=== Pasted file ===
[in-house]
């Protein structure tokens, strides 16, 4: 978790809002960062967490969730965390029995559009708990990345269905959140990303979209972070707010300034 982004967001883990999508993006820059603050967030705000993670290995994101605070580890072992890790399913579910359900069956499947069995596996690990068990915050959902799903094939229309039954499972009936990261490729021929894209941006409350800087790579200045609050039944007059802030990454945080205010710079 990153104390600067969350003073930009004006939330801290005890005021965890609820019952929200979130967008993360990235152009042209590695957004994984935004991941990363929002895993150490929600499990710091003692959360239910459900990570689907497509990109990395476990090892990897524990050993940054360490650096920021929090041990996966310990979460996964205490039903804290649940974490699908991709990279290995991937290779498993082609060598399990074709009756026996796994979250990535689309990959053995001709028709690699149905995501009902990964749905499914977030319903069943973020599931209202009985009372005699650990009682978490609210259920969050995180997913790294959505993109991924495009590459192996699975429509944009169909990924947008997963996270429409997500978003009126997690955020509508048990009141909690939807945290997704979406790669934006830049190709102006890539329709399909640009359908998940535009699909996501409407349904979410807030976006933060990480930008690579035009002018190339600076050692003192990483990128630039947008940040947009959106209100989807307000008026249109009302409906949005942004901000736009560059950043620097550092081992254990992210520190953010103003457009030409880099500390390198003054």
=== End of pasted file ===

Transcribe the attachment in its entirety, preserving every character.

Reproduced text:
[in-house]
């Protein structure tokens, strides 16, 4: 978790809002960062967490969730965390029995559009708990990345269905959140990303979209972070707010300034 982004967001883990999508993006820059603050967030705000993670290995994101605070580890072992890790399913579910359900069956499947069995596996690990068990915050959902799903094939229309039954499972009936990261490729021929894209941006409350800087790579200045609050039944007059802030990454945080205010710079 990153104390600067969350003073930009004006939330801290005890005021965890609820019952929200979130967008993360990235152009042209590695957004994984935004991941990363929002895993150490929600499990710091003692959360239910459900990570689907497509990109990395476990090892990897524990050993940054360490650096920021929090041990996966310990979460996964205490039903804290649940974490699908991709990279290995991937290779498993082609060598399990074709009756026996796994979250990535689309990959053995001709028709690699149905995501009902990964749905499914977030319903069943973020599931209202009985009372005699650990009682978490609210259920969050995180997913790294959505993109991924495009590459192996699975429509944009169909990924947008997963996270429409997500978003009126997690955020509508048990009141909690939807945290997704979406790669934006830049190709102006890539329709399909640009359908998940535009699909996501409407349904979410807030976006933060990480930008690579035009002018190339600076050692003192990483990128630039947008940040947009959106209100989807307000008026249109009302409906949005942004901000736009560059950043620097550092081992254990992210520190953010103003457009030409880099500390390198003054």